Being tech savvy is a key skill for 21st century women which makes math and science all the more important for today's education. Most jobs now require a good knowledge of STEM subjects, whether it's a programming career or marketing or advertising or starting your own company. Technology is everywhere. And where are the women? There are great scientists like Professor Deborah Jin (pictured), just named one of the 2013 L'ORÉAL-UNESCO For Women in Science Laureates, and there are great women engineers at Google and other tech companies, but not enough. "Engineers for America" may be the answer to that problem. Creating a program for girls that supports their college tuition, similar to the way "Teach for America" supports education, could go a long way to increase the number of girls studying STEM subjects and make STEM classes more gender friendly. In "Teach for America", students commit to teaching for two years in low-income communities, in return for support from the "Teach for America" program. This program has had the added benefit of creating parents (Teach for America alums) that understand the problems facing schools and who are better able to contribute to improving school environments for their children. "Engineers for America" could do the same for women. Increasing the number of women in college STEM classes would not only create a more friendly environment for them (it's tough to be one of only a few women in a class or an office!), but it would also create a workforce that has more tech educated women who are able to understand issues facing companies today in a whole new way. "Engineers for America" would pay their tuition even without the need for a commitment to work in the field because every field now uses tech skills and could benefit from scientific thinking. If companies want more choice in their hiring, they need to insure the workforce is properly educated. Liberal arts education has always meant preparing people to be well rounded and to be world citizens. This is still the case, but technology is now a major part of the world and should be as important to a liberal arts major as Shakespeare. "Engineers for America" would expand the understanding of the impact of technology and its connection to all the liberal arts.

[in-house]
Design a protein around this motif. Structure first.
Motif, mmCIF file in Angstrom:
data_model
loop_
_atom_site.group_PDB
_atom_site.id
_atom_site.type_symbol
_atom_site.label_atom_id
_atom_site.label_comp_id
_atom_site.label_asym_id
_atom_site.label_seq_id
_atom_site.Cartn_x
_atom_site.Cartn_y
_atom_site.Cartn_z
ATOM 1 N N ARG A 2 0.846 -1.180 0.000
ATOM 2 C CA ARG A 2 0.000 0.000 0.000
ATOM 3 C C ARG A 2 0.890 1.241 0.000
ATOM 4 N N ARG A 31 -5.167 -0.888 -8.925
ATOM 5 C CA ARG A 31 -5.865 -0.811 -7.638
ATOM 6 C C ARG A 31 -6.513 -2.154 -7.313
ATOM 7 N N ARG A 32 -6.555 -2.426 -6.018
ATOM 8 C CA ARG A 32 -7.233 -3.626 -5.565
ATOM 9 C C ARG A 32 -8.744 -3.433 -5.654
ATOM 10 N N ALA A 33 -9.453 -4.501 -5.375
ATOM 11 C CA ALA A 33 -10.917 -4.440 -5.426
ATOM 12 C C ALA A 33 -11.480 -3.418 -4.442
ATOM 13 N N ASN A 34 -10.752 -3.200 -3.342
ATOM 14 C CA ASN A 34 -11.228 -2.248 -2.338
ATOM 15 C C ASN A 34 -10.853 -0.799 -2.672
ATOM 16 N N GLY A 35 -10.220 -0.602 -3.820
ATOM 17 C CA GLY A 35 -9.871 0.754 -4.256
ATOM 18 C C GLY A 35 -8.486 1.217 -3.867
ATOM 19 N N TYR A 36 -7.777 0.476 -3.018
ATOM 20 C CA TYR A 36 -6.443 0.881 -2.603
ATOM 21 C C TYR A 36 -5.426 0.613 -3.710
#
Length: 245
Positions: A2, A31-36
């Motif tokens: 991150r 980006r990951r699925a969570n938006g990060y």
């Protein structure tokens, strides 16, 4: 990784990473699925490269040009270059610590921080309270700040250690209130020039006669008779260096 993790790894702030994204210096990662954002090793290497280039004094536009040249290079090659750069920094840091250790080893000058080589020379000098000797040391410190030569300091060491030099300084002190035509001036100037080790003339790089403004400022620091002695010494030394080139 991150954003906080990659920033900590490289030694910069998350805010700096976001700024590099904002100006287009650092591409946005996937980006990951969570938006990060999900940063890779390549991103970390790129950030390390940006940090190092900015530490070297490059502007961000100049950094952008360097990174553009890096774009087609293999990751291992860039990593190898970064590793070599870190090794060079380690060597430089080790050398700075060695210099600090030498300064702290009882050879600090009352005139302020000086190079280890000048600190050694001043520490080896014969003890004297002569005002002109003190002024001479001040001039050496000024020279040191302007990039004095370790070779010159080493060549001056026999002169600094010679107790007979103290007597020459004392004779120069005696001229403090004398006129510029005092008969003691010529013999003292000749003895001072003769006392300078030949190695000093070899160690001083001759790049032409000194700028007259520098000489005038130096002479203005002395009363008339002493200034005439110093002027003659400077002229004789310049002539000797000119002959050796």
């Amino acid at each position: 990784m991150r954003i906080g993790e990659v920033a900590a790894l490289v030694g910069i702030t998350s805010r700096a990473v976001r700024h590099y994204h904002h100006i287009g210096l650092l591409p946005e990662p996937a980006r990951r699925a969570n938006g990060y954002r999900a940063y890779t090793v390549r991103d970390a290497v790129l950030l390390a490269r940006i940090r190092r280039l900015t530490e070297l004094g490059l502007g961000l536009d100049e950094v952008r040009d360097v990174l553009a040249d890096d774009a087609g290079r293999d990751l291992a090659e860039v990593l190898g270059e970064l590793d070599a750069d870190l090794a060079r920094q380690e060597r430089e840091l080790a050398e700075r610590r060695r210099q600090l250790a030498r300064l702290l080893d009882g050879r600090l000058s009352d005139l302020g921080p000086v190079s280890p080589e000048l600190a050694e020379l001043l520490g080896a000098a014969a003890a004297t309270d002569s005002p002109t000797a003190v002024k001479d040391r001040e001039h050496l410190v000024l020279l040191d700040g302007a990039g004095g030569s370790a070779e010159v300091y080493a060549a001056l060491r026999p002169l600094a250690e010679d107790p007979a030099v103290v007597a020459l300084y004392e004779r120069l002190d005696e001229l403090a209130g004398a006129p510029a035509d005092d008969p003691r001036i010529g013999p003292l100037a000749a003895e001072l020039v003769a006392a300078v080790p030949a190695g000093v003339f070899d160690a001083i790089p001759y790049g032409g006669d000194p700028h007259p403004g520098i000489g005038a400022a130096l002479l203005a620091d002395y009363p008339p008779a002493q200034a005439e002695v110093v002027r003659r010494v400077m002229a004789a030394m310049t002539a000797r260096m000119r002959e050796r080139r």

"Engineers for America" could also provide a better platform for women to show their work. A nationwide platform for women scientists would benefit science, as well as young women looking for role models. Professor Jin had two parents who were in science and engineering, so it is not surprising that she has become a prize winning physicist with such great role models, but how many of you know about what she has done, cooling down molecules so she can observe chemical reactions in slow motion? Women in science and technology deserve more recognition and more financial support.
Colleges want to find more women for science and use outreach programs to increase the number of women studying STEM subjects, like the Iowa State University programs. 14% of their engineering majors are women. There are other programs, independent of schools, that also try to instill interest in STEM, like the Dare2bDigital Conference or the Girls Who Code program. All of these are great programs, and there are more. Now we need to connect their voices, get all the programs to work together to expand their impact. "Engineers for America" could do that by providing funds for STEM tuition for the young women who find an interest from participating in outreach programs. Encouraging young women to study the STEM subjects (science, technology, engineering and math) is essential for the future. So who wants to fund scholarships for "Engineers for America"?